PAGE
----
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I'm a big fan of both the Elder Scrolls and Mythology, Skyrim has its own in-game mythology. But I have no clue what myths the story of the Dragonborn and the World Eater is based on.

Key Points:

  • The savior of the world is connected by ancestry to the threat to the world.
  • Dragons ending the world.
  • Dragons representing time.
  • Dragons eating the world.


- Is it based on one or more myths or is it completely made up by the writers?
- What could it possibly be based on?

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    Part of the difficulty with questions like this is the expertise of Mythology contributors is rooted in the canons of various mythological traditions, as opposed to invented or transmogrified mythologies in contemporary literary mediums such as comics, film.television and games. To that end, the more details you can provide on specific elements within the Skyrim mythos, it would be helpful. – DukeZhou Jun 1 '17 at 19:33
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    @DukeZhou I took it it to actually ask about men born from dragons saving the world from something that will destroy it. There is something positively gigantic about the idea, maybe I'll write up something to supplement Gibet's post, since I think bringing up Tiamat was right on the money. – C. M. Weimer Jun 16 '17 at 18:22
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Elder Scrolls Lore

This passage is for people wanting to know a little bit about Skyrim lore.

Skyrim is the 5th official game in the Elder Scrolls series (I do not count the other games and spin-off novels and such)
The Elder Scrolls is situated in Tamriel in a typical Medieval fantasy setting (So you will find orcs, elves, and dwarves). Skyrim is a northern province. Its inhabitants, the Nords, are obviously using Viking as a reference. The Redguards are using the Arabic culture. The Imperials, Rome.

In the game, Skyrim the ancient God Alduin, The World Eater, a dragon of immense power is coming to Tamriel and precisely Skyrim to... destroy the world. He is helped by an army of immortal dragons he is raising. Unfortunately for Him a powerful warrior, the Dragonborn, a warrior who can absorb the souls of the dragons, thus killing them will rise against him.

Answer

You have one thing to see when talking about the Elder Scrolls in general: The mythology behind the Elder Scrolls is the Elder Scrolls. First and foremost this is what is followed and nothing else. That is to say that Skyrim is, yes, "Norse", but "Norse", is much more a general "feeling" than following "Norse" mythology.
You have also to see that the Elder Scrolls are taping, vastly, in way more things than "Norse". The Imperials are following the Roman empire, seated in a Medieval period. The werewolves are inspired by the modern representation of the modern beast; etc.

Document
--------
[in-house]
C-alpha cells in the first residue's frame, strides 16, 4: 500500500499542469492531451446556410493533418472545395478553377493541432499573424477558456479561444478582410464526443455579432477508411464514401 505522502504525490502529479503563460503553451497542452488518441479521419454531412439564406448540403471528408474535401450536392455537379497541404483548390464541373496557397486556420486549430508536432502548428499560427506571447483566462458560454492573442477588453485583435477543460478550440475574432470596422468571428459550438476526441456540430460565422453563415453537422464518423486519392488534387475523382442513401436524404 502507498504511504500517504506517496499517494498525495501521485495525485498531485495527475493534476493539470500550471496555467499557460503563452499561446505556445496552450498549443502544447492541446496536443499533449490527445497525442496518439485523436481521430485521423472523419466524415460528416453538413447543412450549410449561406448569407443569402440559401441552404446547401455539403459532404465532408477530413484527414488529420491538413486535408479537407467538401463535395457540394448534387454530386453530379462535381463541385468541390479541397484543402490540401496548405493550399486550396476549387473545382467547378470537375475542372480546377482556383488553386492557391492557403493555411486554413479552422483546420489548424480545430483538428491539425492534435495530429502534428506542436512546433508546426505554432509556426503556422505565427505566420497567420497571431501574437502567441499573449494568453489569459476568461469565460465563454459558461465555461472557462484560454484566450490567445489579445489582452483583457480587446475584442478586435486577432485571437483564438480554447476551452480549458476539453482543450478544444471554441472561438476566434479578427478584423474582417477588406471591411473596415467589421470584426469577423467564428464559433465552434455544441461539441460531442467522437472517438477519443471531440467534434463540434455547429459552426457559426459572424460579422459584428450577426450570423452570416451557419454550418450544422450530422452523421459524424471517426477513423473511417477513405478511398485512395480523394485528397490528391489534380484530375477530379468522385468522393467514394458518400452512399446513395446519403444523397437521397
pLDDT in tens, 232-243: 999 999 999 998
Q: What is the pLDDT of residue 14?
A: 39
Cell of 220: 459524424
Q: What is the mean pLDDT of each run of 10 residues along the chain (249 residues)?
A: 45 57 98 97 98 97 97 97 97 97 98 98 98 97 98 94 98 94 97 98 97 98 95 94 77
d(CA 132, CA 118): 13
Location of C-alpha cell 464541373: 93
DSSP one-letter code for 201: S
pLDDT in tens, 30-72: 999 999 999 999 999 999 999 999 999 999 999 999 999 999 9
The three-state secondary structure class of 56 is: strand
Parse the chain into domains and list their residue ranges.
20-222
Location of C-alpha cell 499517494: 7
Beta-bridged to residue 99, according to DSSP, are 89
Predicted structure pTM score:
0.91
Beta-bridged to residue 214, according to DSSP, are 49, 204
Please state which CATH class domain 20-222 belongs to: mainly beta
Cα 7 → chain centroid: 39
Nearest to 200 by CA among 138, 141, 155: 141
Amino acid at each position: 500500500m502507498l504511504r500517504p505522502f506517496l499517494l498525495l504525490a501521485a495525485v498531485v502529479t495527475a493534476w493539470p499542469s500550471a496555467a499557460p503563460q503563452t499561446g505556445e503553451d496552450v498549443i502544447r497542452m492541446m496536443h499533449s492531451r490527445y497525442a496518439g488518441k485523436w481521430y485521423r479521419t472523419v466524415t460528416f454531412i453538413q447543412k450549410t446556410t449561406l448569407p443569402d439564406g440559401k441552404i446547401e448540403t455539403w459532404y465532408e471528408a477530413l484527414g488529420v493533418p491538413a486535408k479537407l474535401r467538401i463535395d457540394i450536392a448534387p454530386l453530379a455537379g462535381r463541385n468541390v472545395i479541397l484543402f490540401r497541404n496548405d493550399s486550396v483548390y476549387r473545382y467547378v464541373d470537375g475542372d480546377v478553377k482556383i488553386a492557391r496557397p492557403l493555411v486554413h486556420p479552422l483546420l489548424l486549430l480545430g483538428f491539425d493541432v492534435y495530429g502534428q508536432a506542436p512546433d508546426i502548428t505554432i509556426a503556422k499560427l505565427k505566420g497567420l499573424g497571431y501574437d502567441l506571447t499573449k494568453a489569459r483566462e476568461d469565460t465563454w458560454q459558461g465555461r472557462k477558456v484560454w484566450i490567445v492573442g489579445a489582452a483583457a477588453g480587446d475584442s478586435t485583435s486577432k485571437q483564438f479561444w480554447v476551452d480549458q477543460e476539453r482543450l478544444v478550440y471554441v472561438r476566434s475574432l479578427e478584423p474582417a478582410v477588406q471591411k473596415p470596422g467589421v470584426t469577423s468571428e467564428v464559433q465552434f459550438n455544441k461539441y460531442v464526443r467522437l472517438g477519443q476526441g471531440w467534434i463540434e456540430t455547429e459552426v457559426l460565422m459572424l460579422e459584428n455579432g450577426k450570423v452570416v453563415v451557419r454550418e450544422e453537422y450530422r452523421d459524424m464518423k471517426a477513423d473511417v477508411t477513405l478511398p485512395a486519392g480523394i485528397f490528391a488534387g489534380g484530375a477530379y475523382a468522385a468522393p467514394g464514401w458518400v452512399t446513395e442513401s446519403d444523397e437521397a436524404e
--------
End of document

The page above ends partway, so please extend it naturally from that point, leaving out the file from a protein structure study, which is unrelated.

I will illustrate, here, how "Norse" will taint Skyrim:

  • In the opening sequence, on the cart, you meet a "horse thief" named "Lokir of Rorikstead". Anyone knowing the Norse mythology will see an amusing reference to Loki, father of Sleipnir (Odin's horse) and god of deception (thievery).
  • During the companion quest you try to put back together the shattered mythical axe Wuuthrad, that is fairly clearly inspired by the shattered sword of Sigurd/Siegfried Gram.

Note also that: Broken weapons are not especially Norse stuff (think about Narsil in the Lord of the Ring). I still do believe that both Lokir, and Wuuthrad are "referencing" Norse things more than anything else.

Now regarding your specific question. Alduin is a legendary dragon. In term of myth, dragons, malevolent one, as Alduin, are omnipresent. Example: Tiamat, in Mesopotamia, or Apophis in Egypt. Notice both those dragons are as close reference to Alduin as the one I am giving you:
Niddhogr is a giant dragon that eats the root of the World tree Yggdrasill. Niddhogr is completely as malevolent as Alduin, both are god-like creatures. Both are trying to put an end to the world.

As everywhere in the Elder Scrolls, what matters to them is the "Elder Scrolls' lore first and foremost. In the case of Skyrim, this lore is tainted all over with Norse mythology. But it is only a far taint (rightfully). You will not see Odin, Fricka or Valkyries entering the Elder Scrolls pantheon. so don't expect the Elder Scrolls lore to fit the Norse mythology. They just bring some "Norse mythological elements" to have this little Norse feeling in the game.

Bibliography

The Volsunga Saga This is where Gram the shattered sword is found Norse Mythology by John Lindow Poetic Edda by Snorri Sturluson

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I'm not to sure about the story of the Dragonborn and Alduin, but I know that Alduin was an actual dragon.

Alduin's actual name in Norse Mythology was Niðhöggr (Bethesda also got the Miasma off of Niðhöggr)

If you search up Niðhöggr then you'll be sure to find it.

  • Hello and welcome to Mythology Stack Exchange. The point of an answer is to sufficiently explain and satisfy the question to the point the questioner doesn't have to look anything up, save for fact checking. Fact checking is usually easier when links are provided to the place you got the information. NOTE: A link only answer will be down voted and most likely deleted. If you wish to provide a link with useful and relevant information, but not an anwser, you have to build up sufficient reputation to comment on posts other then your own. – Andrew Johnson May 6 '18 at 23:49
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One fairly obvious mythological inspiration is that of Sigurd/Siegfried from the Völsunga Saga inspiring the Dovahkiin/Dragon born. Both are legendary dragonslayers, who once the dragon has been slain consume it's heart/soul and gain an ability to understand a magical language.

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